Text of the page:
The area of biomedical imaging is fast becoming an active focus for the utilization of graphene within a variety of imaging modalities. Graphene can be oxidized to produce a material with a high degree of functionality and has led to its expansion as a platform for the immobilization of fluorescent and radiolabeled molecules. Its large surface area has allowed graphene and its oxides to be modified with a variety of molecules that enhance biocompatibility, selectivity, and therapeutic potential. This chapter highlights recent developments in the use of targeted fluorogenic or radiolabeled graphene materials that can be used to image cancers via fluorescence, positron emission tomography, and single-photon emission computed tomography modalities. Key emphasis is placed on the nanocomposites that are designed to provide additional therapeutic effects. The capacity of these composites to be internalized by cells and tumors is discussed to appreciate the future perspective of graphene and its congeners as therapeutic multimodal imaging agents.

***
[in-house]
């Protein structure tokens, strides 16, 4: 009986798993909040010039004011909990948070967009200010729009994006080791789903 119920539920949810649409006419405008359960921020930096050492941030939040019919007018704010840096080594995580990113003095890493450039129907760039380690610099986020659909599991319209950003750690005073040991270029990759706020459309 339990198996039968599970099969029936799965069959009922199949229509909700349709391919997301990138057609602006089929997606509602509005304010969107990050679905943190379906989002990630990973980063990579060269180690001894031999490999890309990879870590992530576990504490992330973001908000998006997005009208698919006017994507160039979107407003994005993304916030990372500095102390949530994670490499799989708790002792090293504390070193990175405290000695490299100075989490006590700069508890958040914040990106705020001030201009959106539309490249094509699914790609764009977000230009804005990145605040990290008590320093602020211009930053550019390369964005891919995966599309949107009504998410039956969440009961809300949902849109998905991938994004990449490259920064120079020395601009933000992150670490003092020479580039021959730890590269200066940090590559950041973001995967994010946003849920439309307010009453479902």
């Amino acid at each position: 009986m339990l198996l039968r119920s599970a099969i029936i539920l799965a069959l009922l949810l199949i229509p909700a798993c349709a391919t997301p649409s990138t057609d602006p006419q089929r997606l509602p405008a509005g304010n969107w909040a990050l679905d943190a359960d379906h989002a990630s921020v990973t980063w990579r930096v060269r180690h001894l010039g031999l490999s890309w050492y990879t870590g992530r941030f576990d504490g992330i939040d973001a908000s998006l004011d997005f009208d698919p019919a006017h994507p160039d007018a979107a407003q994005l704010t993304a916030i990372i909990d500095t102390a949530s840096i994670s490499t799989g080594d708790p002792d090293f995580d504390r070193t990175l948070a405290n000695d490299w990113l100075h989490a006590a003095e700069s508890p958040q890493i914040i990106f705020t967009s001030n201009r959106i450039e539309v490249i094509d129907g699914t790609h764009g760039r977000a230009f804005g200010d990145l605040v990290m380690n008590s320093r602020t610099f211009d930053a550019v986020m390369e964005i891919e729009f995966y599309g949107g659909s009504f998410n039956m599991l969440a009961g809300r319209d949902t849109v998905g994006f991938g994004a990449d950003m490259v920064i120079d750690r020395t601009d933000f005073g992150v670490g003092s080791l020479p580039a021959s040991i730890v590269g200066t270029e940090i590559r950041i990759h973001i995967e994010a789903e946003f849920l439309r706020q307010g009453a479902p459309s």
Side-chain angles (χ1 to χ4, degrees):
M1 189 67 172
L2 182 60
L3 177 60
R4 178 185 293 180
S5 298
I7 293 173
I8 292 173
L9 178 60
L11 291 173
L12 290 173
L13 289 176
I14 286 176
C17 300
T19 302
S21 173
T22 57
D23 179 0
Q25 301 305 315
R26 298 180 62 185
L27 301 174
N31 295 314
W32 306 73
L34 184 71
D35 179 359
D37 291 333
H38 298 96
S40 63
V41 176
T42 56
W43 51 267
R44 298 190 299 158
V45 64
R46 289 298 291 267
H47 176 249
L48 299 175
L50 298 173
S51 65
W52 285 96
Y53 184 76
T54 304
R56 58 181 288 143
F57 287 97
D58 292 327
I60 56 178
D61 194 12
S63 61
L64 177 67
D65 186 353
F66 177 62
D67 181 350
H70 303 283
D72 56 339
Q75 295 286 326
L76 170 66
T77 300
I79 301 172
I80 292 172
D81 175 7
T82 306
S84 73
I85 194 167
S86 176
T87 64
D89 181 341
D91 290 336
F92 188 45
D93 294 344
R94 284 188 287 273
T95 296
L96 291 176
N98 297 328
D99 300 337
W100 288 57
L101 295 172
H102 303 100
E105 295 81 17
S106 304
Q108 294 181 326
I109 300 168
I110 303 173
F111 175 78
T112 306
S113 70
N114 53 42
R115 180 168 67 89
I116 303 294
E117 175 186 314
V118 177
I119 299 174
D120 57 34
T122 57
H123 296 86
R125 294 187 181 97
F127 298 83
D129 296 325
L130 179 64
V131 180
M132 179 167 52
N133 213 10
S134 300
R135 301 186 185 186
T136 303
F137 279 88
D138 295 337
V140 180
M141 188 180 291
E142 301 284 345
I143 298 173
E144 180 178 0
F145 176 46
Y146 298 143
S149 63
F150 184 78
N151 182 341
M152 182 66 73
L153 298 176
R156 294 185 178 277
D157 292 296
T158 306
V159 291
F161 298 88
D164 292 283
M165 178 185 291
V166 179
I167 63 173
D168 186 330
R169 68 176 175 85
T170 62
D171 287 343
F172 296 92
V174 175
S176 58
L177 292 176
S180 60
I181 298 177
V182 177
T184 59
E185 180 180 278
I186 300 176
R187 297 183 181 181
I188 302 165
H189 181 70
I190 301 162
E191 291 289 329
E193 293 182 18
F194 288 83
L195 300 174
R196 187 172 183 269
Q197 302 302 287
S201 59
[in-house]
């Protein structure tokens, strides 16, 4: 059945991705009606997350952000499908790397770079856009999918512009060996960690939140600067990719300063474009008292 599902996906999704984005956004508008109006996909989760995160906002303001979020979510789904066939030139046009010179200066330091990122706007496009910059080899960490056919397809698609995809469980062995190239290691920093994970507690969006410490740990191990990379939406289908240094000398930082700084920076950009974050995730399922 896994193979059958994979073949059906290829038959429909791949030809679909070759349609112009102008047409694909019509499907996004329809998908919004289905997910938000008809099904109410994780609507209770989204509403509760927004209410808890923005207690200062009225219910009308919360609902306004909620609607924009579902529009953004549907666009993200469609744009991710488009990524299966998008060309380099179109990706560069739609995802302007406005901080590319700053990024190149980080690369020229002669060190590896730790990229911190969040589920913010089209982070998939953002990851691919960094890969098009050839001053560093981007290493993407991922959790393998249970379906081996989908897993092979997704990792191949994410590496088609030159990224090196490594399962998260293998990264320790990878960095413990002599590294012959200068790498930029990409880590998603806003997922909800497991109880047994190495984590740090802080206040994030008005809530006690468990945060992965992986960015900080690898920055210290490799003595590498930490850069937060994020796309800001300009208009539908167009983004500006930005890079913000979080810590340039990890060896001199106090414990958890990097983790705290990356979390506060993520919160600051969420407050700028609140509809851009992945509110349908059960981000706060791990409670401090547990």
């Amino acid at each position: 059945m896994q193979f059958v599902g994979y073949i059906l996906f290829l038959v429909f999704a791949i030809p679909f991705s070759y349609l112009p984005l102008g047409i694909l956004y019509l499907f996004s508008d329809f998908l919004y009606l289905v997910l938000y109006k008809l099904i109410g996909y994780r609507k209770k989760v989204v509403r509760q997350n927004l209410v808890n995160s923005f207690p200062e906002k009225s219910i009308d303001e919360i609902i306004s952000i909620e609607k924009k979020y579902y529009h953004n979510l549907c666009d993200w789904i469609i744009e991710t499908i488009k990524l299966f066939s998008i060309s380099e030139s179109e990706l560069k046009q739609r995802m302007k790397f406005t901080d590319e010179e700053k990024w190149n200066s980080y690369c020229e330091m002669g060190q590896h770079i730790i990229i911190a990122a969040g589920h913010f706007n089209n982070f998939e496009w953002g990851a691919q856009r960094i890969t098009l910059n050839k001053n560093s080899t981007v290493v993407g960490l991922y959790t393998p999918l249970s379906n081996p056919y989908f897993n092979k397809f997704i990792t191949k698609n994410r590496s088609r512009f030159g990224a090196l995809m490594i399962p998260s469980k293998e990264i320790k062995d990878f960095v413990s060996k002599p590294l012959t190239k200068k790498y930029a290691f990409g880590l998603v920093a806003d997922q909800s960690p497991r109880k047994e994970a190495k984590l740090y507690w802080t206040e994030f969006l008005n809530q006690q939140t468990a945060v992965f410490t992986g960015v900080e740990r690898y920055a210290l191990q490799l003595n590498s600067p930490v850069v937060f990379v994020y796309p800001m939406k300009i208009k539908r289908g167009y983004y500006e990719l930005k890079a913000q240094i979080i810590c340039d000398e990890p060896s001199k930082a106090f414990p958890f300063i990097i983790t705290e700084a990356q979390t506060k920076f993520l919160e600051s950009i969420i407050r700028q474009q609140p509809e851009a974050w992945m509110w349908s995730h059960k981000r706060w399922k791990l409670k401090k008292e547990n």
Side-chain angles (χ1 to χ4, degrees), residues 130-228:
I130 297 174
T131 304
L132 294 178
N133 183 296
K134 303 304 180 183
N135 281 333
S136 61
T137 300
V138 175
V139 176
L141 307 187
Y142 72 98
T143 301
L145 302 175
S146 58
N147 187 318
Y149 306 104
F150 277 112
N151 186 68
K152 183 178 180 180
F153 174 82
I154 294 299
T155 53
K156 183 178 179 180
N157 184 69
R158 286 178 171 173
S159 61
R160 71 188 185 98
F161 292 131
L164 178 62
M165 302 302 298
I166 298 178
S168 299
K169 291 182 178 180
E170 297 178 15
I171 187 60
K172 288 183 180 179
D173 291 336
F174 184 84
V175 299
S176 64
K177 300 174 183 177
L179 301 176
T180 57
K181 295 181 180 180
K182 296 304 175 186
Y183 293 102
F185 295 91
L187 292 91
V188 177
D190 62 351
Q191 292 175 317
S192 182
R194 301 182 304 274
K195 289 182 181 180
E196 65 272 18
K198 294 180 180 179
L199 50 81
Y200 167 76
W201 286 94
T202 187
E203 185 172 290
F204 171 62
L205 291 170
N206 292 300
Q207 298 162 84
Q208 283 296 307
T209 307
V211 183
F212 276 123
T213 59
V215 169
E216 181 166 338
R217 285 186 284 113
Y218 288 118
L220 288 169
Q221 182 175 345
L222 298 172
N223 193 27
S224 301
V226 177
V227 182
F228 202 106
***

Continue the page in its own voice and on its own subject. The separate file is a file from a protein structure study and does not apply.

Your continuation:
|Journal||Advances in Inorganic Chemistry|
|Early online date||21 Nov 2015|
|Publication status||Published - 2016|
- Cancer theranostic
- Graphene oxide